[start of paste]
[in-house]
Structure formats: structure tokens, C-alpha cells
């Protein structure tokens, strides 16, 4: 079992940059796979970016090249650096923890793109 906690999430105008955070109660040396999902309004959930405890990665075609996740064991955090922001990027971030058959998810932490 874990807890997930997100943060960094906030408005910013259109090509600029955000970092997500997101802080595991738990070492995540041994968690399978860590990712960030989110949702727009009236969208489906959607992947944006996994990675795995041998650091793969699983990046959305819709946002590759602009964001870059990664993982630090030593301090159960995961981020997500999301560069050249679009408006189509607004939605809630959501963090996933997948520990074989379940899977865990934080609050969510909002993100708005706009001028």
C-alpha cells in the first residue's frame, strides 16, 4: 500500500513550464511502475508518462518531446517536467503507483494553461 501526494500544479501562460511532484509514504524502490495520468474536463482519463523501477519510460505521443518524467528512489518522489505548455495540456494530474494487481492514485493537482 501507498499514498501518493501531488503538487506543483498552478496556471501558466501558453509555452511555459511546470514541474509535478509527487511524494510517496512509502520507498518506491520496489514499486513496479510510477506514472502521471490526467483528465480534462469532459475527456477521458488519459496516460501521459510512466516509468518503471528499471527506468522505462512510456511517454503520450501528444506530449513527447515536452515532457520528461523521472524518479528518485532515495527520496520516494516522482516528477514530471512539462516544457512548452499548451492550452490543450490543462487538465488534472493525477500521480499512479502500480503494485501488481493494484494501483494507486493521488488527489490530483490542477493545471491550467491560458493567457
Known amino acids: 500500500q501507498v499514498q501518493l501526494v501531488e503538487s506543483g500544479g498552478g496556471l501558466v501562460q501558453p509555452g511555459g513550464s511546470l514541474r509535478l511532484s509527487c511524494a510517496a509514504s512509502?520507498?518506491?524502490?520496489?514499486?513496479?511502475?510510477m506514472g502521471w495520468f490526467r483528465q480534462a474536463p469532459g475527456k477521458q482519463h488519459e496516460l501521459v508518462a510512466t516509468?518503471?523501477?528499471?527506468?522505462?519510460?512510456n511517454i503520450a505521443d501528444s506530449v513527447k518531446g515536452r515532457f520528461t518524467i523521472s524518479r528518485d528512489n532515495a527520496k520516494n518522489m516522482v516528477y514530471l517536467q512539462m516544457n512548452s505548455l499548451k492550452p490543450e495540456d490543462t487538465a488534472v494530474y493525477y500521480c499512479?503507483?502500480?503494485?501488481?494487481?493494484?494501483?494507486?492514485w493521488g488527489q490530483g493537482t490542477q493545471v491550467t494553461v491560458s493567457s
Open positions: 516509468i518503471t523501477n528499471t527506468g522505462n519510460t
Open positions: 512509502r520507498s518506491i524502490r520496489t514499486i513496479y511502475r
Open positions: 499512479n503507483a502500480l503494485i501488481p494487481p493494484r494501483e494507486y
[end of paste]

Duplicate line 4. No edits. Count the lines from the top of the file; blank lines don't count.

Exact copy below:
C-alpha cells in the first residue's frame, strides 16, 4: 500500500513550464511502475508518462518531446517536467503507483494553461 501526494500544479501562460511532484509514504524502490495520468474536463482519463523501477519510460505521443518524467528512489518522489505548455495540456494530474494487481492514485493537482 501507498499514498501518493501531488503538487506543483498552478496556471501558466501558453509555452511555459511546470514541474509535478509527487511524494510517496512509502520507498518506491520496489514499486513496479510510477506514472502521471490526467483528465480534462469532459475527456477521458488519459496516460501521459510512466516509468518503471528499471527506468522505462512510456511517454503520450501528444506530449513527447515536452515532457520528461523521472524518479528518485532515495527520496520516494516522482516528477514530471512539462516544457512548452499548451492550452490543450490543462487538465488534472493525477500521480499512479502500480503494485501488481493494484494501483494507486493521488488527489490530483490542477493545471491550467491560458493567457